1 in 2 workers are bullied. Here’s what to do if that’s you
One in two workers are affected by workplace bullying. The negative impacts range from depression to suicidal tendencies. So, why aren’t more people talking about it? To understand the situation and learn how to address it we turned to leadership consultant Megan Carle, author of Walk Away To Win: A Playbook to Combat Workplace Bullying for guidance.
Quartz at Work: How do you define workplace bullying?
Megan Carle: TheWorkplace Bullying Institute (WBI) defines bullying as “repeated, health-harming mistreatment by one or more employees of an employee: abusive conduct that takes the form of verbal abuse; or behaviors perceived as threatening, intimidating, or humiliating; work sabotage; or some combination of the above.”
How many workers are impacted by bullying?
Workplace bullying has affected almost 80 million US workers, according to a 2021 WBI survey. To provide some context, one out of two workers has been affected by workplace bullying. The survey highlights that nearly 70% of workplace bullies are men, and their preferred targets are women.
How can someone be sure it’s happening to them?
It’s a repeated pattern of health-harming treatment, which is different from someone having a bad day. It’s also important to note what workplace bullying is not as much as what it is. Workplace bullying is not simple rudeness or incivility. It’s not healthy debate, creative tension, or a difference of opinion. It’s not about being challenged or pushed or having a bad day. And it’s not about conflict. Instead, bullying is about one person dominating another. It’s about dehumanizing, degrading, and devaluing targets. It’s about power and control.
How does bullying impact our mental, physical, or emotional well-being?
The statistics are grim. According to a WBI study, targets of workplace bullying report a wide range of physical damage:
77% reported sleep disorders
48% suffered migraine and tension headaches
60% reported cardiovascular symptoms from hypertension through cardiac arrest
33% suffered chronic fatigue-like symptoms
37% reported GI distress
17% suffered skin disorders
Targets also suffer serious psychological consequences:
80% reported anxiety
74% a sense of betrayal
66% experienced increased anger
63% reported distrust in the organization
52% suffered panic attacks
50% reported intrusive flashbacks
49% clinical depression
30% suffered from PTSD
29% experienced suicidal ideation
Those impacts may sound familiar to many. What can someone do if they think they’re being bullied?
Document what is happening to you. Enlist your allies to validate what is happening and to provide support. Put together a plan with those you trust. Reporting the bullying behavior to HR is important for several reasons: You may get the help you need; You establish a record of the issue and of reporting the issue, which you will most likely need; There are boxes that need to be checked, whether or not we get the help we need from our employer. If those in positions to help you choose not to do anything, you can wait it out, seek legal advice, or walk away.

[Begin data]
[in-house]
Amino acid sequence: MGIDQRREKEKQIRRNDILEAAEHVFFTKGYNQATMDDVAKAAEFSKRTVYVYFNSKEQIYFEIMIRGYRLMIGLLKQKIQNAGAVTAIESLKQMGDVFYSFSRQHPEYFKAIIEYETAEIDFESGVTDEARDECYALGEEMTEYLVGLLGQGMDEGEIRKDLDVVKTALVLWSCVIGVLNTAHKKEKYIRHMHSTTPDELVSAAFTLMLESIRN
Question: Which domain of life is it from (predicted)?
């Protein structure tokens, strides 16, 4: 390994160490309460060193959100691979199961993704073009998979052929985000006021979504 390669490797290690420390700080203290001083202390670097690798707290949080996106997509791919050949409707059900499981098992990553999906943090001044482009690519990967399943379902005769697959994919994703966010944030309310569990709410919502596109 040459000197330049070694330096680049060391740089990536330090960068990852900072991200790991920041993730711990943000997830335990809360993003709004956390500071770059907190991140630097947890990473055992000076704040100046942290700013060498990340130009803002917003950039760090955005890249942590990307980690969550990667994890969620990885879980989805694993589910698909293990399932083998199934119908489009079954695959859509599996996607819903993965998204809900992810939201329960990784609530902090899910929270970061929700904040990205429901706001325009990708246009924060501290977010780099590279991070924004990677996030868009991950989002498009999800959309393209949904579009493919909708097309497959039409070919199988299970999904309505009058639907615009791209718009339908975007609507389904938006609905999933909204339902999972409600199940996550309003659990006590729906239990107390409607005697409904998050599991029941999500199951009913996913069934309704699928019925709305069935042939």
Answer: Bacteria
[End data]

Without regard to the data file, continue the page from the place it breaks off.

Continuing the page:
How can someone who’s being bullied find allies at work? How can those allies help?
Allies are everywhere. Often when we experience bullying at work, we don’t want to ask for help. We stop connecting with anything that might help us. We may stop moving our bodies, stop sleeping, or communicating. Allies can help so much. When an ally sees something (or even thinks they see something) happening, it is incumbent upon them to do something. Allies are the “see something, say something, do something” people that make the difference between a target struggling mightily and struggling less. Allyship is active and a vital lifeline.
What if leadership doesn’t acknowledge there is a problem?
Companies hitting and surpassing their revenue targets may not acknowledge an organizational health problem. If a bully has targeted you and you’re not getting the help you need, you have some decisions to make. If the values of the company no longer align with your own, remaining there may not be a healthy option for you.
Is walking away from your job and that workplace ever the right answer?
If there are no refs and no rules, and workplace bullying is the norm, then hold your head high and walk away. To stay is to acquiesce to a system that isn’t built to support you or any other employee-facing these challenges.
If it’s time for someone to leave their company, what are their next steps?
There are steps that most of us need to take before walking away from our jobs. If we’ve been bullied at work and exhausted our options for assistance, including HR, allies, executives, and possibly legal counsel, walking away may be the best option.
Before doing so, ensure you are putting yourself in the best position professionally, financially, and in terms of receiving the most benefits. This includes updating your resume and LinkedIn profile, securing a new job before leaving, saving money, and projecting your upcoming expenses. You should note significant milestones you don’t want to miss, such as vesting periods, stock options, and bonus payouts.
You can be consumed by workplace bullying or allow your actions to define who you are. You set the pace of your life. Choose wisely.
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